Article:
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Tesco and Unilever dispute means shops running low on popular brands

Tesco and Unilever dispute means shops running low on popular brands

Marmite and Pot Noodle were among the many products affected by a price dispute between Tesco and Unilever.

lovemoney staff

Household money

lovemoney staff
Updated on 13 October 2016

Tesco had stopped stocking dozens of Britain’s most popular brands following a price row with its biggest supplier Unilever.

Marmite, Pot Noodle and Hellmann’s mayonnaise are among the products currently unavailable for online purchase, while many stores are running low on stock.

It comes after Unilever reportedly demanded a 10% price rise from Tesco as a result of a weaker pound, which has plummeted against the euro and the dollar since June’s Brexit vote.

A weaker pound makes it more expensive to import goods.

However, the dispute has now been resolved.

"Unilever is pleased to confirm that the supply situation with Tesco in the UK and Ireland has now been successfully resolved," the company said.

"We have been working together closely to reach this resolution and ensure our much-loved brands are once again fully available. For all those that missed us, thanks for all the love."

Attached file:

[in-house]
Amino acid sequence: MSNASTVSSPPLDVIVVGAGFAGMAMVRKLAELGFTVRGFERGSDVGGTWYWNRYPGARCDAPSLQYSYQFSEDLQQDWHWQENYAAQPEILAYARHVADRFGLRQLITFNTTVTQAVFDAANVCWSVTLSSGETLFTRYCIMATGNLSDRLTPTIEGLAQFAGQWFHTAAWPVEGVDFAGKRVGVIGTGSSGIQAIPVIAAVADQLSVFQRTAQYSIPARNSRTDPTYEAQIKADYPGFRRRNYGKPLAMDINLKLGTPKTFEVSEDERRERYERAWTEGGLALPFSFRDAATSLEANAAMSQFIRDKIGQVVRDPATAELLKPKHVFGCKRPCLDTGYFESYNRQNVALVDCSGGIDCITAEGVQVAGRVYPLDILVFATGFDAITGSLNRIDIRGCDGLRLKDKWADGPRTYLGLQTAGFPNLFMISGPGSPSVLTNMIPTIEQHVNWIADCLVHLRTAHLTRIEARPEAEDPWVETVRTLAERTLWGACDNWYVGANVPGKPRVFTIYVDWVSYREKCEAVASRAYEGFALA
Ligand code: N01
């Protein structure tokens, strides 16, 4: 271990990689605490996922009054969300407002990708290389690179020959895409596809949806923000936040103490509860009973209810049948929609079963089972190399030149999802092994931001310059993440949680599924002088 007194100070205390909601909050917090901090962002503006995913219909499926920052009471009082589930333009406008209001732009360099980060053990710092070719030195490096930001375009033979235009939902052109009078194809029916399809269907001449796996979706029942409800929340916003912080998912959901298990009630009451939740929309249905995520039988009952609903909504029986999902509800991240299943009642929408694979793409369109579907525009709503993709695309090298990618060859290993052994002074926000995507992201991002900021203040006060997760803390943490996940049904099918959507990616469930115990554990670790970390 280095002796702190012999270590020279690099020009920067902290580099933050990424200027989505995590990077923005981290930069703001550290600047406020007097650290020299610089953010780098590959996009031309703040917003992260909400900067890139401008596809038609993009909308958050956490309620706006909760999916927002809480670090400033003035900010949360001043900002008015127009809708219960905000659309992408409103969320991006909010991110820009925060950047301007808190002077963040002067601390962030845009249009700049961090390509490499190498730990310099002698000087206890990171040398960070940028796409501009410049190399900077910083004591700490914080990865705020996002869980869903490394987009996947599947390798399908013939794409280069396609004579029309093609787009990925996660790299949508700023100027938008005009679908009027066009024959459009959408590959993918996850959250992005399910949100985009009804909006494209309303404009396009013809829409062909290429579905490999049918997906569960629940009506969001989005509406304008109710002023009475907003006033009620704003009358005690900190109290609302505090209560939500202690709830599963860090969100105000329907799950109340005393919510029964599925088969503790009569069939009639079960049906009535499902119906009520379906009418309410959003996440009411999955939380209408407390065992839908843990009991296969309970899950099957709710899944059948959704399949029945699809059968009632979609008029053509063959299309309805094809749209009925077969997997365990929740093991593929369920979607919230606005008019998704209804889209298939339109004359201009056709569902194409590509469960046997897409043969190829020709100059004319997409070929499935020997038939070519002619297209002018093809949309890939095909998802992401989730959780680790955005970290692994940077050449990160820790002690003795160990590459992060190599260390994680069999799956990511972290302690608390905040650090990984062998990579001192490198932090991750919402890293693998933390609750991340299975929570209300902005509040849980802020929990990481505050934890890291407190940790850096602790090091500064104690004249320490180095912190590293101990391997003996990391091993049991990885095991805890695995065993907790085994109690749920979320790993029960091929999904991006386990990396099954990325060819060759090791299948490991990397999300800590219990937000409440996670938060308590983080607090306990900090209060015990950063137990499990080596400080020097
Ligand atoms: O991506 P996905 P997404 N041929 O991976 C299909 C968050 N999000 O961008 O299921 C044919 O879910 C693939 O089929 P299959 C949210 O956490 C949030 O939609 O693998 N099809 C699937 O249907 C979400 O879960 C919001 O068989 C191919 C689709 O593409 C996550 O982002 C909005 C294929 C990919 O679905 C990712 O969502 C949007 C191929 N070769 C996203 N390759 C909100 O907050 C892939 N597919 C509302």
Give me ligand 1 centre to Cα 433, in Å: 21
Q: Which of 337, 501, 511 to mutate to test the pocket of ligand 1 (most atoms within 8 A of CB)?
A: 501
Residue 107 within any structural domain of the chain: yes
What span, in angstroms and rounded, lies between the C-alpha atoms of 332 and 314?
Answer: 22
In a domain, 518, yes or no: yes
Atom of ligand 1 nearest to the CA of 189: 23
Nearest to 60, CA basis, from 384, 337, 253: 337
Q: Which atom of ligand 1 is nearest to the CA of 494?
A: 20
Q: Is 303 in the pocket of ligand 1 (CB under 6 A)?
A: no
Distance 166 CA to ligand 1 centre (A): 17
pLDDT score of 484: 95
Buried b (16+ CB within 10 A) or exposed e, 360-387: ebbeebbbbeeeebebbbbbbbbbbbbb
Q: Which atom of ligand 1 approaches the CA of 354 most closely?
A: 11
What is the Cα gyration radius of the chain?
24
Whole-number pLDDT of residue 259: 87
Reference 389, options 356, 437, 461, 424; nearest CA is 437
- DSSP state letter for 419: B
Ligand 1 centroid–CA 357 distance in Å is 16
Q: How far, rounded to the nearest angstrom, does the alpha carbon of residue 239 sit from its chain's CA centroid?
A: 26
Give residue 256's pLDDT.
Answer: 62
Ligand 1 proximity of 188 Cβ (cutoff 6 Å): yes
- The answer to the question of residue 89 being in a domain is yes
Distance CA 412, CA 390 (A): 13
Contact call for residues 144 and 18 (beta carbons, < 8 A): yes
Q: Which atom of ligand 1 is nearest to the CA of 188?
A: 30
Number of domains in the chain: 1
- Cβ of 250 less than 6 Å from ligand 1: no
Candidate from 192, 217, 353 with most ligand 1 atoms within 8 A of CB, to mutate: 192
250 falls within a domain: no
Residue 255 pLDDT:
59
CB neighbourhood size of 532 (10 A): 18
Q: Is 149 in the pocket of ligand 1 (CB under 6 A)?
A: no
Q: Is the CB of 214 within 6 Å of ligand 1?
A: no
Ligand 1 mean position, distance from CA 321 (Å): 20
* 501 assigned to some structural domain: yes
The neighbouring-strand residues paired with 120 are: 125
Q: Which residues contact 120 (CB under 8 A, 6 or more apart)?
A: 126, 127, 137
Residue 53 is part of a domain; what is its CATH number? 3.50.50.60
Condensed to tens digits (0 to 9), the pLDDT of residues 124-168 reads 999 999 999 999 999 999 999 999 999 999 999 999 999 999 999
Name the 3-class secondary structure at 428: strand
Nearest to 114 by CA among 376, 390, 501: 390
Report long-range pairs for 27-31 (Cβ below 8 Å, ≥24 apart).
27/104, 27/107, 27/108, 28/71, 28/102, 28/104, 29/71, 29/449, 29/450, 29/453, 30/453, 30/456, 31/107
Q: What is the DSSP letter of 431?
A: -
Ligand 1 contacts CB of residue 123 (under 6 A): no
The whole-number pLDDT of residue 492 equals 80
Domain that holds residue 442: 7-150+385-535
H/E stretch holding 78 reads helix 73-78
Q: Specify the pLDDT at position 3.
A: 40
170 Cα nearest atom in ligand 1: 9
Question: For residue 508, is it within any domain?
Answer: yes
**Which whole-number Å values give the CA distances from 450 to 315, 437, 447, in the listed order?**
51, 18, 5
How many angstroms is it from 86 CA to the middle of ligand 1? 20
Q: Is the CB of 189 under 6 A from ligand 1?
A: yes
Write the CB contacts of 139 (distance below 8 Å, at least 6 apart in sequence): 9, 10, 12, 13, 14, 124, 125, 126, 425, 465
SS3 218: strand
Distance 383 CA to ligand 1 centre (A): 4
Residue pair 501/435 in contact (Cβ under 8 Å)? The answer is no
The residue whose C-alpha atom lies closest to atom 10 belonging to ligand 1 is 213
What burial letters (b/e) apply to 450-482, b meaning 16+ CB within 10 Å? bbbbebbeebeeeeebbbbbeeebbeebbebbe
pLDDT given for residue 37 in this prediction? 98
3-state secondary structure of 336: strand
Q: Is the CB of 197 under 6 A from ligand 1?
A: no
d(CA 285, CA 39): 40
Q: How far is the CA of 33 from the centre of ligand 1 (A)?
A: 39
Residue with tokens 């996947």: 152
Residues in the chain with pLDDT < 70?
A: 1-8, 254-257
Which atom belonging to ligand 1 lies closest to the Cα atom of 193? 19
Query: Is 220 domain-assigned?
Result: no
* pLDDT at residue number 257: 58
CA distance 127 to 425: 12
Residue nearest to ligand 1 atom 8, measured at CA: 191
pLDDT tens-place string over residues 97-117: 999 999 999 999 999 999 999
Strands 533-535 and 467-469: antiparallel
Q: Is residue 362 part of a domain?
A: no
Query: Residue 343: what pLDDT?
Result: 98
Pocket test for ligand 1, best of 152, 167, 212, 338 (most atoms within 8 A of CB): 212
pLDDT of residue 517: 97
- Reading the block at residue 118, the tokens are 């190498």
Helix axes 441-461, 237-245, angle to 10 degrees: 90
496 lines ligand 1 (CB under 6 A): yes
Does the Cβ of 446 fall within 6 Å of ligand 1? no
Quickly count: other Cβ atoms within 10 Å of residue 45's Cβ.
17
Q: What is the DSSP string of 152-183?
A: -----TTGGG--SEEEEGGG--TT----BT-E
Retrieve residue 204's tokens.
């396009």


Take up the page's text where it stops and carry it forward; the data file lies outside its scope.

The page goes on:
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Screengrab of the Tesco website (Image: Tesco)

Unilever heavily criticised

Tesco reportedly refused to meet Unilever’s demands, although it remains unclear which company took the decision to stop trading.

However, it is Unilever that has come in for widespread criticism.

The hashtag #Marmitegate was trending on Twitter, with many accusing the Anglo-Dutch manufacturer of trying to exploit the Brexit vote for more profit.

Others pointed out that Marmite is actually produced in the UK, although obviously Unilever supplies Tesco with many other brands so that's just part of the argument.

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Does Unilever have a point?

While Unilever isn’t saying much, it’s worth noting that chief executive Paul Polman warned earlier this year that a Brexit vote would “negatively impact” the company.

Speaking in the build-up to June’s referendum, Polman said: “We therefore hope that in the interests of Unilever, the UK, Europe, and indeed the wider global economy, the UK will choose to remain and thereby continue to play a central role in Unilever's long-term growth and prosperity.”

As mentioned earlier, the main point of contention is the weakened pound. It’s down more than 15% against both the euro and dollar.

The dispute has been given an added dimension by the fact that current Tesco boss Dave Lewis spent much of his career at Unilever.

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